• approximately 95 percent of night nurses working 12 hour shifts report having had an auto accident or near miss while driving home from work;
  • rotating shift work is associated with low birth weight and spontaneous abortion.

While the human body performs at peak performance during the day, the biological clock (circadian rhythms) drops to its low point during the night — usually a time meant for rest. But those who work the night shift have to reverse this cycle and operate at top performance as the body struggles to adjust. Rotating shifts create the most severe problems as adjustment is not possible.

Night shift workers generally get 1.5 hours less sleep than workers who work day shifts. And the sleep that night shift workers get is during the daytime, when the body rhythms are geared up for activity. This is often light sleep and unsatisfying, leading to general fatigue even following the sleep period. Yet hospitals are 24-hour operations and the off-shift work is a reality that will always be an issue.

The union response to the issue

There are a number of areas that the union can focus on to address the issues and problems of working these shifts. They include:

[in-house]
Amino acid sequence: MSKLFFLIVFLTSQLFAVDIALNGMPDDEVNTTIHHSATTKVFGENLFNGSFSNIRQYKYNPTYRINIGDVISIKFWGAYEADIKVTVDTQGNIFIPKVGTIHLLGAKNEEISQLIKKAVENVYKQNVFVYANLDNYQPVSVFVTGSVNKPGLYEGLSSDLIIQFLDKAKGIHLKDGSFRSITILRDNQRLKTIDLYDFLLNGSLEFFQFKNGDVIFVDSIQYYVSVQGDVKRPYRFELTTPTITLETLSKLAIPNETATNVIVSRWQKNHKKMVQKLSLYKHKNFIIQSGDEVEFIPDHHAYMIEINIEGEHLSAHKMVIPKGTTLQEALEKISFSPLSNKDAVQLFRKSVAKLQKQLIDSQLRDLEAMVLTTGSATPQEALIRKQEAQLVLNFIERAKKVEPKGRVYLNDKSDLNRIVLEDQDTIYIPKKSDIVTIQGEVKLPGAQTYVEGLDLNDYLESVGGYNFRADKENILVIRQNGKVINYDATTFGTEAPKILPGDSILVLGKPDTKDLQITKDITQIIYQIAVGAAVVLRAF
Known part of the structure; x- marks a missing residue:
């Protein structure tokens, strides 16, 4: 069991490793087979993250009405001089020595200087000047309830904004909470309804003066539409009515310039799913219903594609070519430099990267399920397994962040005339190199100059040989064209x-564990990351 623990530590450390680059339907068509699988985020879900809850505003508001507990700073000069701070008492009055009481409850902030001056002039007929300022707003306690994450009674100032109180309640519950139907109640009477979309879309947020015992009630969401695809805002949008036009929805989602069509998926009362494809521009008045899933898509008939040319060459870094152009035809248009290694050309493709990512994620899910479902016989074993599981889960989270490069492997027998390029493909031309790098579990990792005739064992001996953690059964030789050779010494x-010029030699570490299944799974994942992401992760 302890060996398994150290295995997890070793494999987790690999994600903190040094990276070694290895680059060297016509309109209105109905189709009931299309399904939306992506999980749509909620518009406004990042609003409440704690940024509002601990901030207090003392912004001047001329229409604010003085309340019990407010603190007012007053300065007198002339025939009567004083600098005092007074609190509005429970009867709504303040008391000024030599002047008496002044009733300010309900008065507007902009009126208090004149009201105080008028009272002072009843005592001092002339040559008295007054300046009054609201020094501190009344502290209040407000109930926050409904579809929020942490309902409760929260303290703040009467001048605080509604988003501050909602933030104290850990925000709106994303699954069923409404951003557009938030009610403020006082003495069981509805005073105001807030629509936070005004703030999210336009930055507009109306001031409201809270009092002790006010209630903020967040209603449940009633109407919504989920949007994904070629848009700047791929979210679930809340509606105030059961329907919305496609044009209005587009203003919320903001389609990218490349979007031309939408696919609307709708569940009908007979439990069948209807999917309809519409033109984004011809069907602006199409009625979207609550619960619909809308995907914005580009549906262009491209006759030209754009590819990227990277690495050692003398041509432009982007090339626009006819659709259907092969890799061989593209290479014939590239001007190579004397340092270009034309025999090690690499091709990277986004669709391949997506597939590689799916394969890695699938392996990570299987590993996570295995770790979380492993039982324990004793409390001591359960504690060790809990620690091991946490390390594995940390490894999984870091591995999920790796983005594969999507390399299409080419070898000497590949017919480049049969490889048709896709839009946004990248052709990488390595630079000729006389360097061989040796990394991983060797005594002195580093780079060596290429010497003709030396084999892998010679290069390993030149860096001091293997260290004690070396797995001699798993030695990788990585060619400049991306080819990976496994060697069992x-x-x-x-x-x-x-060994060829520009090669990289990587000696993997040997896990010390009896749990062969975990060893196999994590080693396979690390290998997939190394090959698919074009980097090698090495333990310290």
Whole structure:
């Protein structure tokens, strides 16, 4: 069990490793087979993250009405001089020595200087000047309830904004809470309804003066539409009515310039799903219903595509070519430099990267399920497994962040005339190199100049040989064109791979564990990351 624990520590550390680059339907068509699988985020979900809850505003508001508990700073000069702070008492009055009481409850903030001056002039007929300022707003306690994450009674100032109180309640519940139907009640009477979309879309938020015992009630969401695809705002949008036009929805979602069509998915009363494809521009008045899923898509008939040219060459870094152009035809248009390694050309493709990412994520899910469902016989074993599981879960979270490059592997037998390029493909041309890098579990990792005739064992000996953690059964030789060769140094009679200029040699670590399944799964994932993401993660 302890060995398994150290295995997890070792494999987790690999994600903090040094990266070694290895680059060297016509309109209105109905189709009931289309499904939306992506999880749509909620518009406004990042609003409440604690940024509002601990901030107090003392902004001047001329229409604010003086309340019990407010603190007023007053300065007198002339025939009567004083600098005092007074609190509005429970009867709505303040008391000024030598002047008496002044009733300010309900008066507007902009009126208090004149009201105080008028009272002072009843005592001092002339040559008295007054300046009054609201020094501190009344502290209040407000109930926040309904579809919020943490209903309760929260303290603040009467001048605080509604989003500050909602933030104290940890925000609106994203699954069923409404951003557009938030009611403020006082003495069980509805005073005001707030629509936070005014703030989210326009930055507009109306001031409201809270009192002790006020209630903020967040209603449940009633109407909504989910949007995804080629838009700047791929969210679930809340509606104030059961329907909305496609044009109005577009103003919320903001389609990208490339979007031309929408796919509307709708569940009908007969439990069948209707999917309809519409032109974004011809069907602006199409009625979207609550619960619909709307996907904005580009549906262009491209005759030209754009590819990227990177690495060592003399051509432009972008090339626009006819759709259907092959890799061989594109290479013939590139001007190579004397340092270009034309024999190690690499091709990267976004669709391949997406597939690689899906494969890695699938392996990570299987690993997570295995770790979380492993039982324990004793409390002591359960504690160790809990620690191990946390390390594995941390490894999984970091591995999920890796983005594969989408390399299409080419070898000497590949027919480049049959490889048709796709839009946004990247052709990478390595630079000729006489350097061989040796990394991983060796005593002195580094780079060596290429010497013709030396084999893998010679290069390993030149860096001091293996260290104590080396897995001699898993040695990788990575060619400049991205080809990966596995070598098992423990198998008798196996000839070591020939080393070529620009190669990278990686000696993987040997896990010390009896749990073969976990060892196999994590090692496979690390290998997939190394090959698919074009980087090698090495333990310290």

Differentials. More pay in the form of a shift differential. This extra pay helps to make up for some of the physical and social disruption and has been the most common means of addressing the problem. The differential may act as an incentive for some nurses to opt to work the night shift as opposed to those who are less able to adapt to the off shift work. But a differential alone does not mitigate the real physiological problems of working these shifts.

Training. The hospital should provide specific training on the hazards related to shift work. These trainings should also include guidelines and tips on how best to minimize the physical effects of these shifts.